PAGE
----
Official Google Blog: Making URLs shorter for Google Toolbar and FeedBurner

Friday, May 14, 2010

The Bronze King and The Urhobo Statue

Originally, African tribal art was mainly for religious purposes. Sculptures were made for ceremonies. Each mask had a spiritual meaning and masquerades were unique and sacred to different tribes.
Today, Contemporary African art is a mix. There's been a shift towards African art designed for its aesthetic appeal. Interior and home decorators blend African art in their designs. The masks are no longer worn but hang proudly in homes. African batiks and wax textiles hang comfortable on European, American and Asian walls. Bronze sculptures that were once the exclusive rights of the King rest peacefully on our tables. When we desire an ethnic feel, crave for that extra warmth, and long for the vibrancy of complementary colors, we turn to African paintings. Sleep is easy on Adinkra stamped pillows and mud cloth blankets.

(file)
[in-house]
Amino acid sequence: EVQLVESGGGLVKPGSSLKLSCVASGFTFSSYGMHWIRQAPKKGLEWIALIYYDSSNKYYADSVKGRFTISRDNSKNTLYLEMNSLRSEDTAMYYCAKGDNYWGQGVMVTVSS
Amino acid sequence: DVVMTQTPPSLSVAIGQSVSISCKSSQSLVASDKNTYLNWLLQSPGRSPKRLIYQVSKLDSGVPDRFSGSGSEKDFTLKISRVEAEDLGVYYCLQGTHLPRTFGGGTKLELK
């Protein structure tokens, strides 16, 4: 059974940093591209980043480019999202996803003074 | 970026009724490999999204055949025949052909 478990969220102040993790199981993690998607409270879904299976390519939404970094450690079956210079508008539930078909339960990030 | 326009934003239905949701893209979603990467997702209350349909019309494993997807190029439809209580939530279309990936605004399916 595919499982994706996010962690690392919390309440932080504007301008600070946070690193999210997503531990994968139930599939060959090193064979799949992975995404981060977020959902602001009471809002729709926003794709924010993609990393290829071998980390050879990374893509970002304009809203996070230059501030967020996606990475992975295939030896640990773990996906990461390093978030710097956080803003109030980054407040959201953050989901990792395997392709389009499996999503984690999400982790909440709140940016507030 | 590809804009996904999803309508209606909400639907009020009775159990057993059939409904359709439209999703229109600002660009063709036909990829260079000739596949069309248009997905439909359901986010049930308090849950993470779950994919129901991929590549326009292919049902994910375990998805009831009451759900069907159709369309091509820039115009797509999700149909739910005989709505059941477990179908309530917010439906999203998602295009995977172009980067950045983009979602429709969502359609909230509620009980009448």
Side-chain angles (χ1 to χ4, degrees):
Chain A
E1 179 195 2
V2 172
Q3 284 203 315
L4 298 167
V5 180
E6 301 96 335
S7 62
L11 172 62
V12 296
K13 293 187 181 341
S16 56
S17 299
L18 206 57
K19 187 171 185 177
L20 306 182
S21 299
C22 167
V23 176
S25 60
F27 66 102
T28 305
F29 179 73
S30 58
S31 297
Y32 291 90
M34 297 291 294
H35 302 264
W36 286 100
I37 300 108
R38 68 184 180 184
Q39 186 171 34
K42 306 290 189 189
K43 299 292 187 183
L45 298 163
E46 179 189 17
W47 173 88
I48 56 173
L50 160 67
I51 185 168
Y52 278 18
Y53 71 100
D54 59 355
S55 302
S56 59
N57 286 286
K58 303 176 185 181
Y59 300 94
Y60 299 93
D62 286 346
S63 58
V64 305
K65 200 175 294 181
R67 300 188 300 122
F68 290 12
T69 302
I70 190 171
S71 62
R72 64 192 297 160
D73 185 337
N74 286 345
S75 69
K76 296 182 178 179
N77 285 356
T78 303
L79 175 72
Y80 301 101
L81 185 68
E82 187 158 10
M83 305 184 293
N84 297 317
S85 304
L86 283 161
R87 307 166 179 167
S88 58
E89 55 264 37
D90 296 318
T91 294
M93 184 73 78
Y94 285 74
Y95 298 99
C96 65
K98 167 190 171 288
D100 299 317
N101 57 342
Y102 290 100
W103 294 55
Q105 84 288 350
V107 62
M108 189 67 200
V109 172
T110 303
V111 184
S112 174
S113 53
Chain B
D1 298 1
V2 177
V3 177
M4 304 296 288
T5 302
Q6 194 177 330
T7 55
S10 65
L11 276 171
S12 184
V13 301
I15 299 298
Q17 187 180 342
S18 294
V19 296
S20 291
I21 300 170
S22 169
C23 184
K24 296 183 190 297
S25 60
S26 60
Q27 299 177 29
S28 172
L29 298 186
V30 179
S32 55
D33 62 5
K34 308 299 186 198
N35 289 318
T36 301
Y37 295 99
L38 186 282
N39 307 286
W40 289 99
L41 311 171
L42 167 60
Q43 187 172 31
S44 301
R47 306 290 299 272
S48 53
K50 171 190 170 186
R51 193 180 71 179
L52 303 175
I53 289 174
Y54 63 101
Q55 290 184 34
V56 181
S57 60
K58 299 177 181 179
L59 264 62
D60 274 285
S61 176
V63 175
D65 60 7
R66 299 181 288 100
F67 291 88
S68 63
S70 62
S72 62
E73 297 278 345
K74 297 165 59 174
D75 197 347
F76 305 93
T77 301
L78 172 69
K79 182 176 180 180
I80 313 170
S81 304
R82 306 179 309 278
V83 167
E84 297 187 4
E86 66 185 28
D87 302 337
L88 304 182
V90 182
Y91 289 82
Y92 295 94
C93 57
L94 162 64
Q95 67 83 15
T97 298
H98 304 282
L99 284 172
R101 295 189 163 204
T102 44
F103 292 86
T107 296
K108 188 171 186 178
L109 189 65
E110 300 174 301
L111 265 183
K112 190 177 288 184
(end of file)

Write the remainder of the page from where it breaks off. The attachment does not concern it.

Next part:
This is the nature of contemporary African art. Functionality in every artwork. 

This piece came from an unknown French embassy attaché who worked in Africa in the 70's
I liked the old wood "oxidation" in the face. 
The amulet it has around he neck contains Koran verses.
You won't find much Urhobo pieces on the market. 
Height is 72 cm
Price: sold
Read more about this Urhobo tribe on the internet:

Columbia Urhobo | Urhobo | Smithsonian Urhobo

  urhobo-back  urhobo-side